By staring, if not standing, Poto Williams down, Andrew Little has maintained control of the Party’s strategy. I am not convinced that the law and order, Waitakere (Maori) Man strategy is taking Labour down a road that leads to the unshakling or at least the loosening of the chains of wage slavery but it will be seen as a masterstroke if Labour picks up the Keysters in the working class and wins big (or even just wins) in September. Williams ill-discipline is a hundred miles away from thw class solidarity needed to weld together a force to smash back the right and defeat National (the government of the rich and powerful).

  33. Bruce Thorpe says:

    i was first a Labour voter in the early 1960’s, always a low income worker and never developed a taste for white wine or middle class correctness.
    However I have always regarded Willie and his mate Matt McCarten as very effective working class activists but bloody disastrous parliamentary electoral troublemakers.
    Back in the day when they managed to tip out the Alliance Party’s most talented parliamentarian , Sandra Lee, from the Auckland Central candidacy, I suspected they were good blokes but seriously flawed parliamentarians.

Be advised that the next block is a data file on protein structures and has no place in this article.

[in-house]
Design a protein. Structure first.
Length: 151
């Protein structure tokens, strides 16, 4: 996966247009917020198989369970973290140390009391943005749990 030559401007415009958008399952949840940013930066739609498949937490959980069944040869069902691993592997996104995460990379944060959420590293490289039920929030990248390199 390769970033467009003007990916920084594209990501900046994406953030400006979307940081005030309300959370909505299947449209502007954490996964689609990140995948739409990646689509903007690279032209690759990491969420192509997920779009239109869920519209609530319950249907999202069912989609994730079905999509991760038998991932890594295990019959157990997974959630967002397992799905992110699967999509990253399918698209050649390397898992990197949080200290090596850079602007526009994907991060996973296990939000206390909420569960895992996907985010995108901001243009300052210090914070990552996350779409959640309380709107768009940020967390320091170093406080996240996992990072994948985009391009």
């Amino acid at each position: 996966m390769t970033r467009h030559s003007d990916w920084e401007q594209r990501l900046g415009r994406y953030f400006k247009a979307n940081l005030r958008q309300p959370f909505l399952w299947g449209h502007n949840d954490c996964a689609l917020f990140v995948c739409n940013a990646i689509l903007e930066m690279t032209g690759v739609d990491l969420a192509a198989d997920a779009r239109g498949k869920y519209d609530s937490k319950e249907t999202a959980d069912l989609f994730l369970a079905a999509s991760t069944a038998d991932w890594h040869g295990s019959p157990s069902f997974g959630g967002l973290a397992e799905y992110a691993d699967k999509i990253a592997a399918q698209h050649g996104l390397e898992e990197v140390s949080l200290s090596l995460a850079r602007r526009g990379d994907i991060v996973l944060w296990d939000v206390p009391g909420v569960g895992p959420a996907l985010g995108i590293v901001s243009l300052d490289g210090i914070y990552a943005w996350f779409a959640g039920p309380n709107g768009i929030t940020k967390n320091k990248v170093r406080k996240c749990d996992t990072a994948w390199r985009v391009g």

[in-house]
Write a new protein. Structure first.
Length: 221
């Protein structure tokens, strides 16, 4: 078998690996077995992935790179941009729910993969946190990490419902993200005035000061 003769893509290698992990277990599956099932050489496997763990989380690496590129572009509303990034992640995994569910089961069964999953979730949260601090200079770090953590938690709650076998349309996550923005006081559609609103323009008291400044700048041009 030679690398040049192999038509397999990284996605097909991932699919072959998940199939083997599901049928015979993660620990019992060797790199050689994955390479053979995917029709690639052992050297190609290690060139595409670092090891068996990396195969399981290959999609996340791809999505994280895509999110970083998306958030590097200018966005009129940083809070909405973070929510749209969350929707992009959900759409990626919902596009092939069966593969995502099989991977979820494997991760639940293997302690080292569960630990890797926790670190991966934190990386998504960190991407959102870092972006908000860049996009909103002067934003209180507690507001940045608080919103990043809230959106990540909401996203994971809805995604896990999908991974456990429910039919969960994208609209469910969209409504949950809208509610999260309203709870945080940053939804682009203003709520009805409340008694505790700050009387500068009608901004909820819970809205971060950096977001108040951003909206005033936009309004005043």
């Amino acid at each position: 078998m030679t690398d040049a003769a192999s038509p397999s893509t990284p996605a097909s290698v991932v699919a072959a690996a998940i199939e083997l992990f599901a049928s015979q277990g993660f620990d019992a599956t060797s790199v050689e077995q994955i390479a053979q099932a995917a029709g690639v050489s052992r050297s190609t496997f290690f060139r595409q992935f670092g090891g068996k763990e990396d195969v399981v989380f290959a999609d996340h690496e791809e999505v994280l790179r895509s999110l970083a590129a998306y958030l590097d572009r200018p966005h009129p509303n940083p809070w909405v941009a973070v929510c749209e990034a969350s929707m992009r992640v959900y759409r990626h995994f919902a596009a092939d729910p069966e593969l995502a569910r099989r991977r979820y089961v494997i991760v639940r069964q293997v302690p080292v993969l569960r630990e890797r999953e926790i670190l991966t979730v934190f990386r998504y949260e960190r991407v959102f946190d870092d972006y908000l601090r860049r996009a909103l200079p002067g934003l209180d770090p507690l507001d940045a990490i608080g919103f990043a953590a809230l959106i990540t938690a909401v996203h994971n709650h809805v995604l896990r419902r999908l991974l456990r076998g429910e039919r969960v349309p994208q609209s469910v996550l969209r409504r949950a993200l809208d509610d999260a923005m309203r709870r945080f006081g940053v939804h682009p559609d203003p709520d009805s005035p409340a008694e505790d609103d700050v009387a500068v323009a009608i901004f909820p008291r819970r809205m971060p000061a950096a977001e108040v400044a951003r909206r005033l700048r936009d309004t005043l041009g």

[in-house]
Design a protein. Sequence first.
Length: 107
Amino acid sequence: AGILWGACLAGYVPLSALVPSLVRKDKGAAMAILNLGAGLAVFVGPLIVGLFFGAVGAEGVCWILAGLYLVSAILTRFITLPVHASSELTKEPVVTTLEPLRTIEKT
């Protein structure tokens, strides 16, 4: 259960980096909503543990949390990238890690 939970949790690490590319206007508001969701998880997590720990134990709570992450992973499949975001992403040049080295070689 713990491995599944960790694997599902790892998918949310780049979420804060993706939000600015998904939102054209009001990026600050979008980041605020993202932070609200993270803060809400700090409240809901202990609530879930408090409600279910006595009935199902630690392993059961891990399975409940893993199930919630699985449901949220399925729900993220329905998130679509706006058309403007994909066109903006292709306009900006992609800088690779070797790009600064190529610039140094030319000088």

Like many another shock jock radio populist, Willie has a rather nasty record in bias and bigotry, especially ongender issues
    Mot only do I refer to his nasty questioning of a teen age rape complainant, some third of his age, but I also recall his very unfortuante and probably illegal and very intemperate slurs , in defence of his relative in the Waikato police group rape cases.
    When I hear so many calls for unity in election year, I remeber biting the bullet and supporting a Labour Party dominated by Roger Douglas which completely deconstructed the most successful welfare system in the world.
    I believe some of the current Labour supporters are so desperate for power they wouldsupport the candidacy of any and allradio’s talkback hosts

  34. Richard Mayson says:

    I agree Chris and was equally disturbed.It’s now almost a week since this fiasco and despite its potentially catastrophic effects, Andrew Little’s moderating and skillful leadership has prevailed.

    It is however a litmus test for Labour as the “Identity screechers” whose mirror on the wall and precocity are still vocal and simmering.To them ruling the roost in the Labour Party and Caucus eclipses Labour being a government and the viciousness of the men haters pe rse amongst them, is troubling. An Auckland lawyer’s article in the NZ Herald denouncing Jackson vividly portrayed this.

    In contrast fortunately the two main protagonists are in reconciliation mode.Let’s hope the screechers don’t get inside Poto’s head again.